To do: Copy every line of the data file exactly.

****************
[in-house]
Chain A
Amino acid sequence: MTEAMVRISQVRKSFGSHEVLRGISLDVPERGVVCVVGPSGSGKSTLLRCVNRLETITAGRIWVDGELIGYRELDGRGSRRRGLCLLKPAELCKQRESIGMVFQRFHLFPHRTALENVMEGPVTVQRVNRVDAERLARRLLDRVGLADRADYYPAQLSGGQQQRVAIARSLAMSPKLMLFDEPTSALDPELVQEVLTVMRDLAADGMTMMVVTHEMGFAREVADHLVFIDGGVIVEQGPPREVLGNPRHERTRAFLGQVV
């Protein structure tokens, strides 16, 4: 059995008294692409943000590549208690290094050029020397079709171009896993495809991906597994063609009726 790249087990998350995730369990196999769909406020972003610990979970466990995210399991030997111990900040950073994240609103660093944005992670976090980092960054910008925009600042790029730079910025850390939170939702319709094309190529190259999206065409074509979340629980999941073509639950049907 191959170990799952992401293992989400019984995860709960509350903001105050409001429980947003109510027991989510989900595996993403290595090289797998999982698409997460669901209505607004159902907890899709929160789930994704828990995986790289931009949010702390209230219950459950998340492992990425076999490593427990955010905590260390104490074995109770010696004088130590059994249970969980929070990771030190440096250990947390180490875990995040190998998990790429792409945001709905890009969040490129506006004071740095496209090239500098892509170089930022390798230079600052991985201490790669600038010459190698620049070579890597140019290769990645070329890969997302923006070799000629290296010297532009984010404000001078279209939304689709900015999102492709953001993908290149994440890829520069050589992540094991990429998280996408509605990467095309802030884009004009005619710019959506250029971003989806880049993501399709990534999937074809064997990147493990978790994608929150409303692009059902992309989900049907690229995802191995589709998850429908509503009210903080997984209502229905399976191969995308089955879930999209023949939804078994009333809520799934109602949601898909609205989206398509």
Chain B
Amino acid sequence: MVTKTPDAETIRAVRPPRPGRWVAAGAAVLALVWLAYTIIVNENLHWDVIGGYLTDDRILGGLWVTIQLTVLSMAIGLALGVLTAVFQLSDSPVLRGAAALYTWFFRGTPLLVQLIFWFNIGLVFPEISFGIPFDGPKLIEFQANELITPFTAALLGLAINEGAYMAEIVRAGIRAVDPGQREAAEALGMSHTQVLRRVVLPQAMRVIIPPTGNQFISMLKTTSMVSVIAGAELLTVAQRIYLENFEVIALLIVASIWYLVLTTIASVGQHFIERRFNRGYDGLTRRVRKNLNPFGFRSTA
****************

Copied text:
[in-house]
Chain A
Amino acid sequence: MTEAMVRISQVRKSFGSHEVLRGISLDVPERGVVCVVGPSGSGKSTLLRCVNRLETITAGRIWVDGELIGYRELDGRGSRRRGLCLLKPAELCKQRESIGMVFQRFHLFPHRTALENVMEGPVTVQRVNRVDAERLARRLLDRVGLADRADYYPAQLSGGQQQRVAIARSLAMSPKLMLFDEPTSALDPELVQEVLTVMRDLAADGMTMMVVTHEMGFAREVADHLVFIDGGVIVEQGPPREVLGNPRHERTRAFLGQVV
């Protein structure tokens, strides 16, 4: 059995008294692409943000590549208690290094050029020397079709171009896993495809991906597994063609009726 790249087990998350995730369990196999769909406020972003610990979970466990995210399991030997111990900040950073994240609103660093944005992670976090980092960054910008925009600042790029730079910025850390939170939702319709094309190529190259999206065409074509979340629980999941073509639950049907 191959170990799952992401293992989400019984995860709960509350903001105050409001429980947003109510027991989510989900595996993403290595090289797998999982698409997460669901209505607004159902907890899709929160789930994704828990995986790289931009949010702390209230219950459950998340492992990425076999490593427990955010905590260390104490074995109770010696004088130590059994249970969980929070990771030190440096250990947390180490875990995040190998998990790429792409945001709905890009969040490129506006004071740095496209090239500098892509170089930022390798230079600052991985201490790669600038010459190698620049070579890597140019290769990645070329890969997302923006070799000629290296010297532009984010404000001078279209939304689709900015999102492709953001993908290149994440890829520069050589992540094991990429998280996408509605990467095309802030884009004009005619710019959506250029971003989806880049993501399709990534999937074809064997990147493990978790994608929150409303692009059902992309989900049907690229995802191995589709998850429908509503009210903080997984209502229905399976191969995308089955879930999209023949939804078994009333809520799934109602949601898909609205989206398509």
Chain B
Amino acid sequence: MVTKTPDAETIRAVRPPRPGRWVAAGAAVLALVWLAYTIIVNENLHWDVIGGYLTDDRILGGLWVTIQLTVLSMAIGLALGVLTAVFQLSDSPVLRGAAALYTWFFRGTPLLVQLIFWFNIGLVFPEISFGIPFDGPKLIEFQANELITPFTAALLGLAINEGAYMAEIVRAGIRAVDPGQREAAEALGMSHTQVLRRVVLPQAMRVIIPPTGNQFISMLKTTSMVSVIAGAELLTVAQRIYLENFEVIALLIVASIWYLVLTTIASVGQHFIERRFNRGYDGLTRRVRKNLNPFGFRSTA